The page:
The locker between Zach Boychuk and John-Michael Liles sat empty Thursday night. The placard above it that used to read “Harrison” was now merely a generic “Hurricanes.” It is a sign of things to come, as anonymity inevitably replaces known names.
Only hours before Thursday’s game, on the eve of the NHL’s Christmas trade freeze, the Carolina Hurricanes dealt popular veteran defenseman Jay Harrison to the Winnipeg Jets for a sixth-round pick, about as token a return as you can get. The Hurricanes even picked up a chunk of Harrison’s salary this season and next.
Harrison had been in and out of the lineup, recent call-up Michal Jordan had auditioned well, the Jets were in desperate need of defensive help in the midst of an injury crisis on the blue line and Harrison already had played for Jets coach Paul Maurice on three other teams – the AHL Toronto Marlies, the Toronto Maple Leafs and the Hurricanes. There’s also Rasmus Rissanen in the AHL, who the Hurricanes would like to audition at some point as well.
So off Harrison went. And off went the Hurricanes. A poor-starting, offensively challenged team at the bottom of the standings on a six-game losing streak came out gangbusters against the Leafs on Thursday, scoring two first-period goals on their way to a 4-1 win over one of the hottest teams in the NHL.
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Anyone who says Harrison’s sudden departure wasn’t a factor in the team’s unexpected turnaround is either naive or lying. It was a wake-up call. A trade like that always is. And there will be more, although not before the Hurricanes host the New York Rangers on Saturday.
“Trades do happen,” Hurricanes defenseman Justin Faulk said. “When it’s one of your friends and your teammates, it’s tough to see guys go. You never like it.”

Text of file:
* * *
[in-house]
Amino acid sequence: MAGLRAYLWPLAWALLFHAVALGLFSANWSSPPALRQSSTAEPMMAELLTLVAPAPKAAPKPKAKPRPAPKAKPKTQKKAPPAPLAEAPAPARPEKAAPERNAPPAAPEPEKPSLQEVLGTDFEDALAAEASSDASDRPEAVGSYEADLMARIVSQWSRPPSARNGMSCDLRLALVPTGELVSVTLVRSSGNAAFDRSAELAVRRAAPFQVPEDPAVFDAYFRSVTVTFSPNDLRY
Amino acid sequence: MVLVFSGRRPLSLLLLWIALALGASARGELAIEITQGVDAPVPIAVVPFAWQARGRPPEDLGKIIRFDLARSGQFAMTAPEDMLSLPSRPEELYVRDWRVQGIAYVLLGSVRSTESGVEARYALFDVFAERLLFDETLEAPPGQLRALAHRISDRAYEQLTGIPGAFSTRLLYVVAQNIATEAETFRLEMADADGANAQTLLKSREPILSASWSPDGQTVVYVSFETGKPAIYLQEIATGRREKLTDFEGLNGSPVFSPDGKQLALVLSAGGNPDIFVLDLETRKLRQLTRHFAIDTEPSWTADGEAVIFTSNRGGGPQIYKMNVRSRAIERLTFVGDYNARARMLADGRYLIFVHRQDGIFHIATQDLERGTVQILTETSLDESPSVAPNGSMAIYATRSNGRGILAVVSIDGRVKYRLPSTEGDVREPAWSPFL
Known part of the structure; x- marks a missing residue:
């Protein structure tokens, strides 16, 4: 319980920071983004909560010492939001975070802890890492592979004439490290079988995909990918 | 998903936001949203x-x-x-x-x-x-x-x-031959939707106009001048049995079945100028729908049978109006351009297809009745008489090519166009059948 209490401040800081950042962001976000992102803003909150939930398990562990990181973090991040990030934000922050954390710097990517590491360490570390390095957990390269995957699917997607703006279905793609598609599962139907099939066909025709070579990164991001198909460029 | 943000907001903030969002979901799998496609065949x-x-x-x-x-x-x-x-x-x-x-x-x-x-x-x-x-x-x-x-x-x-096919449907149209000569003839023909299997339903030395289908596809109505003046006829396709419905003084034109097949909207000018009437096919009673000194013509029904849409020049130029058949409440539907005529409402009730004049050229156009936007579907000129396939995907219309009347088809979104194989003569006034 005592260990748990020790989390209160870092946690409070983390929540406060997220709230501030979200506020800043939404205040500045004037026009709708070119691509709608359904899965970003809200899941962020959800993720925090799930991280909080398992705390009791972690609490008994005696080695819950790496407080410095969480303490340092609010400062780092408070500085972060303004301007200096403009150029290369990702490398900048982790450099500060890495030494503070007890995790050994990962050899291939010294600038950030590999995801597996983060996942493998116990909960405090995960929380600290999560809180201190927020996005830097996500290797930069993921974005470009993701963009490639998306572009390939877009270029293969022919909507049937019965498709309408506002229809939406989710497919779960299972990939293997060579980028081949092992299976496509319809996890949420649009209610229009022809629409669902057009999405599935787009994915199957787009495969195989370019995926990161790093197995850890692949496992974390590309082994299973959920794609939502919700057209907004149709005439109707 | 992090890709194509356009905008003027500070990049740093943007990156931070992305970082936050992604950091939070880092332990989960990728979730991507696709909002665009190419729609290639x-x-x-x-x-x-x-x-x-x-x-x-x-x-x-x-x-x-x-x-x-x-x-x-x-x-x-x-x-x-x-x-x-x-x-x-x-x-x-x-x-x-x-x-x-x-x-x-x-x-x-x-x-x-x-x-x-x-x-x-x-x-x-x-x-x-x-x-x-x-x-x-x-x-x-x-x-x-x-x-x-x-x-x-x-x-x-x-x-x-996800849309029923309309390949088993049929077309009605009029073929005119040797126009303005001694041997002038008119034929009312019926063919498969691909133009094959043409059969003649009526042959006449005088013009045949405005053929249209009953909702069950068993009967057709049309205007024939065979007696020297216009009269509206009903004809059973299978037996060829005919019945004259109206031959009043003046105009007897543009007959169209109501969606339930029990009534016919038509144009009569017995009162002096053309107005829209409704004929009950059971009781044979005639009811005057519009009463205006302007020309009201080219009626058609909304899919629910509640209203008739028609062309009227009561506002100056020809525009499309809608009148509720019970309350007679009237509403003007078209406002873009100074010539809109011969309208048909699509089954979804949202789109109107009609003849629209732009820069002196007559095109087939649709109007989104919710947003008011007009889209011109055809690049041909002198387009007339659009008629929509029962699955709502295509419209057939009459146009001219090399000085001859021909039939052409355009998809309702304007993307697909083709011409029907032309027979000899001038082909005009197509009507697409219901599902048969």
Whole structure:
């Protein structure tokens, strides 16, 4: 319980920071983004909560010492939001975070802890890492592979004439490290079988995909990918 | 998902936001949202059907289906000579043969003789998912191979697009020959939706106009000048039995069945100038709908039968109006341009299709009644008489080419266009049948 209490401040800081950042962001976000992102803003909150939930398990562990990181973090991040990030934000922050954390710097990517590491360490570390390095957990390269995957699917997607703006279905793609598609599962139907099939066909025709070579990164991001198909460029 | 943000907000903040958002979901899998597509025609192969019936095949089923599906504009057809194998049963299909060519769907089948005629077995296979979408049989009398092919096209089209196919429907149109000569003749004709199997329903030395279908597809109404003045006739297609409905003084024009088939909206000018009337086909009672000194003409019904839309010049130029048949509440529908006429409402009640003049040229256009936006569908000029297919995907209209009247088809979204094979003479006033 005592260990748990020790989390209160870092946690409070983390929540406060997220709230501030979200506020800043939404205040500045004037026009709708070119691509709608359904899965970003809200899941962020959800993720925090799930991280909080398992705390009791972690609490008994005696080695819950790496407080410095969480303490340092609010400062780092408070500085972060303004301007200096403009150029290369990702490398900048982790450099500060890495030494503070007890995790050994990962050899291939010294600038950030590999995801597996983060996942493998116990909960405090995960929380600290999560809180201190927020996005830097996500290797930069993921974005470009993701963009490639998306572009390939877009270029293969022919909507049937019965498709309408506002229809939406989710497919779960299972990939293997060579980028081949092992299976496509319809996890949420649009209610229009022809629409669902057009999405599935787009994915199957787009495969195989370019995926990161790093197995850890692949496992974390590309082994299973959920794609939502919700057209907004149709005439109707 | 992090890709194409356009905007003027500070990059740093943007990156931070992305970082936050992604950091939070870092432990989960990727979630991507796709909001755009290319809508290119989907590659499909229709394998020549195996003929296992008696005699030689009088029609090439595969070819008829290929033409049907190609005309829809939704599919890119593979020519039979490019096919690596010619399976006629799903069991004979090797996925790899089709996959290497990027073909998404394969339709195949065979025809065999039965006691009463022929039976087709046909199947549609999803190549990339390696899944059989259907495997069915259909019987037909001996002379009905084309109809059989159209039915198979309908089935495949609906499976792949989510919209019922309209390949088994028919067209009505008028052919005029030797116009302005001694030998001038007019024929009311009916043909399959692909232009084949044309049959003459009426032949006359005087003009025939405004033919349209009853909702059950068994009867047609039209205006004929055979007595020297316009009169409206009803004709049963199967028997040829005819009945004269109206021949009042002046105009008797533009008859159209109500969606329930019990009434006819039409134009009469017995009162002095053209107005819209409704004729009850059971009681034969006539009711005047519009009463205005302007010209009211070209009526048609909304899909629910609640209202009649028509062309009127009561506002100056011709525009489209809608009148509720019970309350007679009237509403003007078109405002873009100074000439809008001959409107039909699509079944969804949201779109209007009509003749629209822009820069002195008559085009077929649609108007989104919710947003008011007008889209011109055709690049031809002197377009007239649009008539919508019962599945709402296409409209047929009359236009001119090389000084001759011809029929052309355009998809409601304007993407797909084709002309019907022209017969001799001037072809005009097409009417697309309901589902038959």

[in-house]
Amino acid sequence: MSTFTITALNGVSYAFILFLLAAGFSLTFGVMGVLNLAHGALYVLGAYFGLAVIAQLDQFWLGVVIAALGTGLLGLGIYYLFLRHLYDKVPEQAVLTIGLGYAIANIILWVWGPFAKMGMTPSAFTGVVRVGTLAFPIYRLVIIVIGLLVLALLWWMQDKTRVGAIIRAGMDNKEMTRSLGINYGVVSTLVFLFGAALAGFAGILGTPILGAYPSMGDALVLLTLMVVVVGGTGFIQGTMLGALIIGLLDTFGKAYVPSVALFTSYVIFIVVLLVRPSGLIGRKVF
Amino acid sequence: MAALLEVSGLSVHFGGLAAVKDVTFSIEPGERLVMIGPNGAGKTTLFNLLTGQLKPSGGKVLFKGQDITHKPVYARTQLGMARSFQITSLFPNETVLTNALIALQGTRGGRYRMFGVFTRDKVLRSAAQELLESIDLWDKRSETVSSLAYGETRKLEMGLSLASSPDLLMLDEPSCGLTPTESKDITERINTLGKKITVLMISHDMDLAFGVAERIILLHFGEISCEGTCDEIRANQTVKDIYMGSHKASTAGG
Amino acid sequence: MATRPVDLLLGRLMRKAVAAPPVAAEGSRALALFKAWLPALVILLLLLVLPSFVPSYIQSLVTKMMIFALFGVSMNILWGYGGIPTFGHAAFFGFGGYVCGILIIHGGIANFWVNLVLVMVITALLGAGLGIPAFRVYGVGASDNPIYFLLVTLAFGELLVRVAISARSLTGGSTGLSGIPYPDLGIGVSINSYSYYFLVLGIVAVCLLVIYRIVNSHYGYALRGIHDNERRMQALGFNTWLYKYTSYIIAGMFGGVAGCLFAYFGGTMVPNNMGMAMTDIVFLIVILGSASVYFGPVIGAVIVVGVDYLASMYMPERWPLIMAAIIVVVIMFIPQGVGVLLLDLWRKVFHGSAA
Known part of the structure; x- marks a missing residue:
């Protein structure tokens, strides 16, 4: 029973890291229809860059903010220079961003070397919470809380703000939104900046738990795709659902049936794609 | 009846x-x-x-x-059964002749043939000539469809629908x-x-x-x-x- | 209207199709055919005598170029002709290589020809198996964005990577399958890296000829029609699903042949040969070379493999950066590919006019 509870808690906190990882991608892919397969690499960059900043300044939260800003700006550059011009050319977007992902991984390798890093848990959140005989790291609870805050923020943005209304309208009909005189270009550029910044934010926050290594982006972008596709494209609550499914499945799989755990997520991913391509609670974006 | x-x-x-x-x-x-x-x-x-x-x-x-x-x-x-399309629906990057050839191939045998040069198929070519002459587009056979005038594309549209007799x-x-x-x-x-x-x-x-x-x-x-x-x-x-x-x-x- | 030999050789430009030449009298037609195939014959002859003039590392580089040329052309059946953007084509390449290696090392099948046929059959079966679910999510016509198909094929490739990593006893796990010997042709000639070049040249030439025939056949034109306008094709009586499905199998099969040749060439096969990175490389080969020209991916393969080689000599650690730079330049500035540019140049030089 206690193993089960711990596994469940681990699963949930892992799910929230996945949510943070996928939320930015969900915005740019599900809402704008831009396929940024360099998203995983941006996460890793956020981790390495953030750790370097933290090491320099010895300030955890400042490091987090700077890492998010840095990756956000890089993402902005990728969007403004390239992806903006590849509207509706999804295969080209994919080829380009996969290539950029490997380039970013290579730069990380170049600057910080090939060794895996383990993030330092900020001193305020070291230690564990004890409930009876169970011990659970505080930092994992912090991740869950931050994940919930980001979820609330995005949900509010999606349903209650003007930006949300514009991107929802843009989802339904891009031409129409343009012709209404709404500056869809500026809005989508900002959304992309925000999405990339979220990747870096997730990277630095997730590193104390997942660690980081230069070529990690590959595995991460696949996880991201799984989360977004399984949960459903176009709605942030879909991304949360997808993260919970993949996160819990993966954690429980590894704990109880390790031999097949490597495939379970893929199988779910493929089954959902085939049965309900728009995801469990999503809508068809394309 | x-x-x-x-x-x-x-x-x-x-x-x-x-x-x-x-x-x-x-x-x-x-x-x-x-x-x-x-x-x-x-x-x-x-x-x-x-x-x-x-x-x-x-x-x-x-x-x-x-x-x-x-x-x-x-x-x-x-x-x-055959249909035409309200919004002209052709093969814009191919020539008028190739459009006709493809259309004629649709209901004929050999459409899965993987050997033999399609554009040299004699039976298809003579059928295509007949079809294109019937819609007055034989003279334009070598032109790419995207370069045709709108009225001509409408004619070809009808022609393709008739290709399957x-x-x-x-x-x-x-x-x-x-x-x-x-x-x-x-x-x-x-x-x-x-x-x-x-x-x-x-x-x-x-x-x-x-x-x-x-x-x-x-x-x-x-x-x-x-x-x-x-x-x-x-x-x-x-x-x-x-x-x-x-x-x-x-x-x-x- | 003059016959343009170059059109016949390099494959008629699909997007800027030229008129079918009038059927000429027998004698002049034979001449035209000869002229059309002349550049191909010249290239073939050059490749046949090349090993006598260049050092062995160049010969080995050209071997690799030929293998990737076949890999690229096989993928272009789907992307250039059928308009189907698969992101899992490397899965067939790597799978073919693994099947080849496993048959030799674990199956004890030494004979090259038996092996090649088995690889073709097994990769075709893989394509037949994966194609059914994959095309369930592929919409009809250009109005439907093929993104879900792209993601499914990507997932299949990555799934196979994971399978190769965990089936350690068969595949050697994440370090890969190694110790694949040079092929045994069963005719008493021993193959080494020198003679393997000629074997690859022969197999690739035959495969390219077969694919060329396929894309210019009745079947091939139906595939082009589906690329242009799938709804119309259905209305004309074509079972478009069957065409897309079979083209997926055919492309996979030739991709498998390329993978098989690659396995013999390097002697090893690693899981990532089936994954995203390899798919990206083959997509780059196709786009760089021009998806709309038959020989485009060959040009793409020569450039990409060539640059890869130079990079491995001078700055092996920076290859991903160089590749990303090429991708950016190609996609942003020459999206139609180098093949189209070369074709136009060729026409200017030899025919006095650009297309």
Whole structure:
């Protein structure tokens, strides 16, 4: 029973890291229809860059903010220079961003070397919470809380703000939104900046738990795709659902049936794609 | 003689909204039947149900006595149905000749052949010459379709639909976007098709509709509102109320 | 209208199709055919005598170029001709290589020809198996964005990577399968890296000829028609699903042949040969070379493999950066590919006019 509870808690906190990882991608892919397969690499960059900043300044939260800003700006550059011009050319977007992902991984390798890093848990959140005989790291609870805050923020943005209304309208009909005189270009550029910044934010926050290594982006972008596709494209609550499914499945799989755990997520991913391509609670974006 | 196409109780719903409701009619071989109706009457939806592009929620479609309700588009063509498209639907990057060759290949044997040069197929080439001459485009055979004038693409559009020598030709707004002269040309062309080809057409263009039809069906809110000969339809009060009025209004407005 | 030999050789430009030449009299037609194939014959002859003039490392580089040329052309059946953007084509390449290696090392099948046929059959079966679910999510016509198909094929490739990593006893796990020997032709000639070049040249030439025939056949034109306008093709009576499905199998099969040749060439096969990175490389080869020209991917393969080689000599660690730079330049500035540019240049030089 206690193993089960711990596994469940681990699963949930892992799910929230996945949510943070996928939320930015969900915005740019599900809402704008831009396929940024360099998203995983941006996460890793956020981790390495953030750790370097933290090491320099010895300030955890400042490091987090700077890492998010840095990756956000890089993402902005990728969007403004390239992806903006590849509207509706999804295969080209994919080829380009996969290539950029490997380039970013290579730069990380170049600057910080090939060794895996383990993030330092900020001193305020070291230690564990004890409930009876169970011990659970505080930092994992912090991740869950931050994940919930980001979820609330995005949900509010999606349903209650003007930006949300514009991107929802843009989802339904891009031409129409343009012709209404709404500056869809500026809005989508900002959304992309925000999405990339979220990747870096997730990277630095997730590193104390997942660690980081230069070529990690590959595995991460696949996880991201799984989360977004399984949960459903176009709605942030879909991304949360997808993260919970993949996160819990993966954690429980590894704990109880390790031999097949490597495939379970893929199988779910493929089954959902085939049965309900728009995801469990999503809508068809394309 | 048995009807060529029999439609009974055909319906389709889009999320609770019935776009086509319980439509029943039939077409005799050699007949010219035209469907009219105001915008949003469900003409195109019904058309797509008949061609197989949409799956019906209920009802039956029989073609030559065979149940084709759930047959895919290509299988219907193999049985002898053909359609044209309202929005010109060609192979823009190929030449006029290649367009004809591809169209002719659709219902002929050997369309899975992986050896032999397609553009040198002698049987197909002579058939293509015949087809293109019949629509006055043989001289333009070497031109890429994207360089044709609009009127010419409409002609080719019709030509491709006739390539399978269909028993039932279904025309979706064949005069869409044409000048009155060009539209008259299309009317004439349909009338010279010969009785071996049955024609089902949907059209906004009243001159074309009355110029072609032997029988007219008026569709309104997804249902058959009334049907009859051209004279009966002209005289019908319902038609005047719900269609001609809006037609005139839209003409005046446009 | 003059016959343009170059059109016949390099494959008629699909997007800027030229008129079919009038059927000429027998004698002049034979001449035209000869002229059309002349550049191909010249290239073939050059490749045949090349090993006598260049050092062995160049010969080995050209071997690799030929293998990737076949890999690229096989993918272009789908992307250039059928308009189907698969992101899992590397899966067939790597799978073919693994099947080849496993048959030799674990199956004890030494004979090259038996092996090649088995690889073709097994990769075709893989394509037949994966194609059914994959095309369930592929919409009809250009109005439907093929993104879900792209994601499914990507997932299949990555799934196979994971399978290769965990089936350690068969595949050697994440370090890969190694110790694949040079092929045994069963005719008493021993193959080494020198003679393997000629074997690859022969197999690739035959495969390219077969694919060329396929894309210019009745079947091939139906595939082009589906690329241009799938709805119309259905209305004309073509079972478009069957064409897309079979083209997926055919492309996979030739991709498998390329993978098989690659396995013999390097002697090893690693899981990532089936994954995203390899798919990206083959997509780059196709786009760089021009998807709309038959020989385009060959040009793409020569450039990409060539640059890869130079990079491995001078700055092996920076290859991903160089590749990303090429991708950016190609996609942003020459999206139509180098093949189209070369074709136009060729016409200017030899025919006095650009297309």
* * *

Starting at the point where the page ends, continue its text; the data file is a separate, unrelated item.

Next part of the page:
A sixth-round pick seems a little light given the Jets’ desperation at the position, Harrison’s pre-existing relationship with Maurice and the Hurricanes’ willingness to retain some of his salary, but it was an easy dip of the toe into the trading pool for Ron Francis, his first trade in almost eight months as general manager.
So Harrison’s departure ignited a fire under the Hurricanes that had been previously absent, and Cam Ward’s stellar goaltending made the early lead hold up. After a rocky start, Ward’s been awfully good lately – allowing two or fewer goals in six of his past eight starts, only three of them wins – which presents a bit of a conundrum for the Hurricanes.
Had there been takers for Ward over the summer, Francis’ inaugural trade might have come then. The way Ward is playing, there will be interested parties at the trade deadline looking to shore up their goaltending for the playoffs. But the way Ward is playing, is it perhaps worth holding onto his contract instead of offloading it?
That obviously isn’t an issue with expiring contracts such as Andrej Sekera and Jiri Tlusty. They’ll have to be converted into picks or prospects at the deadline. And if Francis decides to trade Eric Staal or Jeff Skinner, that’ll be as much about changing the direction of the franchise as anything else, mostly but not entirely unrelated to their level of play.
Ward’s exit once seemed like a fait accompli, but his comeback season has been so dramatic, it has given birth to a valid debate whether it’s worth keeping him and trading Anton Khudobin instead.
Trading away a player such as Harrison, as popular and valuable a personality as he was, is easy. He’s a depth guy who was sliding out of the lineup. Let the young guys take over. Easy enough.
Trading away a player such as Ward will be immeasurably harder. Thursday’s trade was a good first step for Francis. The next one won’t be so simple.